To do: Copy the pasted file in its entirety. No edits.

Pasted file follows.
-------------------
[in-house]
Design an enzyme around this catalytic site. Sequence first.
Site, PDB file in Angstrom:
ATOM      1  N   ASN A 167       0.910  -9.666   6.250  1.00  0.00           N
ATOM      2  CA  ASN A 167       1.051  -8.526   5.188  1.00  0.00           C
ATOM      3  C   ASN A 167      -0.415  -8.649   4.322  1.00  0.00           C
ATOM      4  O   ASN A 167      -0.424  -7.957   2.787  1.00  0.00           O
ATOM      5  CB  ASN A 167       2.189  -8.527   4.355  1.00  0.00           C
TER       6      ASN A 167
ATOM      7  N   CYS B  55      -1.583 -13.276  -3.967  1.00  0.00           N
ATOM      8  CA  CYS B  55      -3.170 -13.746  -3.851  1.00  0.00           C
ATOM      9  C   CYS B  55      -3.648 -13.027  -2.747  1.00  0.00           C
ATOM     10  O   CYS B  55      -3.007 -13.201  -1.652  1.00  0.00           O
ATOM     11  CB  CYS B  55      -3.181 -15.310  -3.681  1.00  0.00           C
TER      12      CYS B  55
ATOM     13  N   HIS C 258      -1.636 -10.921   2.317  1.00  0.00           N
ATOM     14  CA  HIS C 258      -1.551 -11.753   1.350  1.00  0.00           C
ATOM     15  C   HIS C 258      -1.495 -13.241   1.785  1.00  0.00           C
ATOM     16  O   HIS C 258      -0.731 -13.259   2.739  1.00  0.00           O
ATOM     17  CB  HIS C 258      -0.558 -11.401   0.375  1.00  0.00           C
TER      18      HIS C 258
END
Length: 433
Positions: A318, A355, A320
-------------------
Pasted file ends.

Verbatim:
[in-house]
Design an enzyme around this catalytic site. Sequence first.
Site, PDB file in Angstrom:
ATOM      1  N   ASN A 167       0.910  -9.666   6.250  1.00  0.00           N
ATOM      2  CA  ASN A 167       1.051  -8.526   5.188  1.00  0.00           C
ATOM      3  C   ASN A 167      -0.415  -8.649   4.322  1.00  0.00           C
ATOM      4  O   ASN A 167      -0.424  -7.957   2.787  1.00  0.00           O
ATOM      5  CB  ASN A 167       2.189  -8.527   4.355  1.00  0.00           C
TER       6      ASN A 167
ATOM      7  N   CYS B  55      -1.583 -13.276  -3.967  1.00  0.00           N
ATOM      8  CA  CYS B  55      -3.170 -13.746  -3.851  1.00  0.00           C
ATOM      9  C   CYS B  55      -3.648 -13.027  -2.747  1.00  0.00           C
ATOM     10  O   CYS B  55      -3.007 -13.201  -1.652  1.00  0.00           O
ATOM     11  CB  CYS B  55      -3.181 -15.310  -3.681  1.00  0.00           C
TER      12      CYS B  55
ATOM     13  N   HIS C 258      -1.636 -10.921   2.317  1.00  0.00           N
ATOM     14  CA  HIS C 258      -1.551 -11.753   1.350  1.00  0.00           C
ATOM     15  C   HIS C 258      -1.495 -13.241   1.785  1.00  0.00           C
ATOM     16  O   HIS C 258      -0.731 -13.259   2.739  1.00  0.00           O
ATOM     17  CB  HIS C 258      -0.558 -11.401   0.375  1.00  0.00           C
TER      18      HIS C 258
END
Length: 433
Positions: A318, A355, A320